Most 'green product' claims are misleading

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Nearly all “green” consumer products make at least one false, misleading or unproven environmental claim

by Ian Angus

A few weeks ago in Climate & Capitalism, I reported a Canadian government study that found “misleading label information on 63% of candy items, 59% of breads and baked goods; and 49% of snack foods.”  This, I concluded, was “just another proof that consumer sovereignty is a meaningless phrase.”

There’s more proof today, in an Ottawa Citizen article reporting a massive study of  5,296 products.  Environmental marketing firm TerraChoice “found at least one misleading green claim on 95.6 per cent of the items.”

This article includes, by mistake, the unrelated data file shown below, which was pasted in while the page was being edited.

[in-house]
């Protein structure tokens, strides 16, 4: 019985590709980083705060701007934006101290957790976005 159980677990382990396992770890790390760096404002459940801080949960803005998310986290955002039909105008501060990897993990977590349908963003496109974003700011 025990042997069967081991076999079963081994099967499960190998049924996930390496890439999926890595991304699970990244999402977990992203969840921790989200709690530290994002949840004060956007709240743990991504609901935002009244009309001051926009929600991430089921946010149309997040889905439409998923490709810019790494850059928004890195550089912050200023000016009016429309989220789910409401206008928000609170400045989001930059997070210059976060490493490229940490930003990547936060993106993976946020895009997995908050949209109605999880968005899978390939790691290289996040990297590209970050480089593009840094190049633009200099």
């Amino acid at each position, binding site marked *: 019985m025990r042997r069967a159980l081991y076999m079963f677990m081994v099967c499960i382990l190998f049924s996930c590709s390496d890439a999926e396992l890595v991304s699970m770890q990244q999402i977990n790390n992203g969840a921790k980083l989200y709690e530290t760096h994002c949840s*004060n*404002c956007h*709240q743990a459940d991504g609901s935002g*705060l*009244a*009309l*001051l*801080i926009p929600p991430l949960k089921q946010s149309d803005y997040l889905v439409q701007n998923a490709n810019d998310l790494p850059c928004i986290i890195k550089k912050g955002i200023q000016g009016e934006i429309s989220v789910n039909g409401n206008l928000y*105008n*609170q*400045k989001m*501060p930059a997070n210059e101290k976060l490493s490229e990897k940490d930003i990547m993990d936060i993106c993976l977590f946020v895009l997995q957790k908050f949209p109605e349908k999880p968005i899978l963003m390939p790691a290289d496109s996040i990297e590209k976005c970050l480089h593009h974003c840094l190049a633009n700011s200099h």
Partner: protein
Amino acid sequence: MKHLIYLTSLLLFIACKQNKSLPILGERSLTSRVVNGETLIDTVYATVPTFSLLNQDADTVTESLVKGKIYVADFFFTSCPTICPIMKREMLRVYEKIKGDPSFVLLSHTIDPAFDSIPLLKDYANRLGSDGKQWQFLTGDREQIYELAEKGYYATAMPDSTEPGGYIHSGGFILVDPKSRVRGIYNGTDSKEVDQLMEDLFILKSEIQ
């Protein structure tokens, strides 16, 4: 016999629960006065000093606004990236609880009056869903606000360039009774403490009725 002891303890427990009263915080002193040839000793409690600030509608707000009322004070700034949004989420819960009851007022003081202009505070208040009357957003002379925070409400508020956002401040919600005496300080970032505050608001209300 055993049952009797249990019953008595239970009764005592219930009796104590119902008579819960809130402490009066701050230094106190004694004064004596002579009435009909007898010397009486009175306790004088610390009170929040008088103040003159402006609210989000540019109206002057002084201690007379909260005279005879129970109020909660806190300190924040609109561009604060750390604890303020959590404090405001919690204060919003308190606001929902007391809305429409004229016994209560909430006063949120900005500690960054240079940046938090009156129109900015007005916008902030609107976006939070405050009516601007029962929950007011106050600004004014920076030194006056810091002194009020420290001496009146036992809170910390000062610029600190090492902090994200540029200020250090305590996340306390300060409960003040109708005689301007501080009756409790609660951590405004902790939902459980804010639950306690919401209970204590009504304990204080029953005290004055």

The situation is even worse for children’s products, with all toys and 99.2 per cent of baby products guilty of some form of “greenwashing” when they make environmental claims.

“We did not find a single ‘green’ toy that was free of greenwashing, and only six of 706 baby products were ‘sin-free,’ ” the report noted. …

The use of fake labels was also found to be on the rise; When TerraChoice returned to the same stores this year, three in 10 items (30.9 per cent) carried a certification-like logo so that consumers would think a third-party approved the product as green, up from 23.3 per cent last year.

Or, as I said in my previous article, even the best labeling system can’t guarantee that consumers know what they are buying. To but it bluntly, the bastards lie.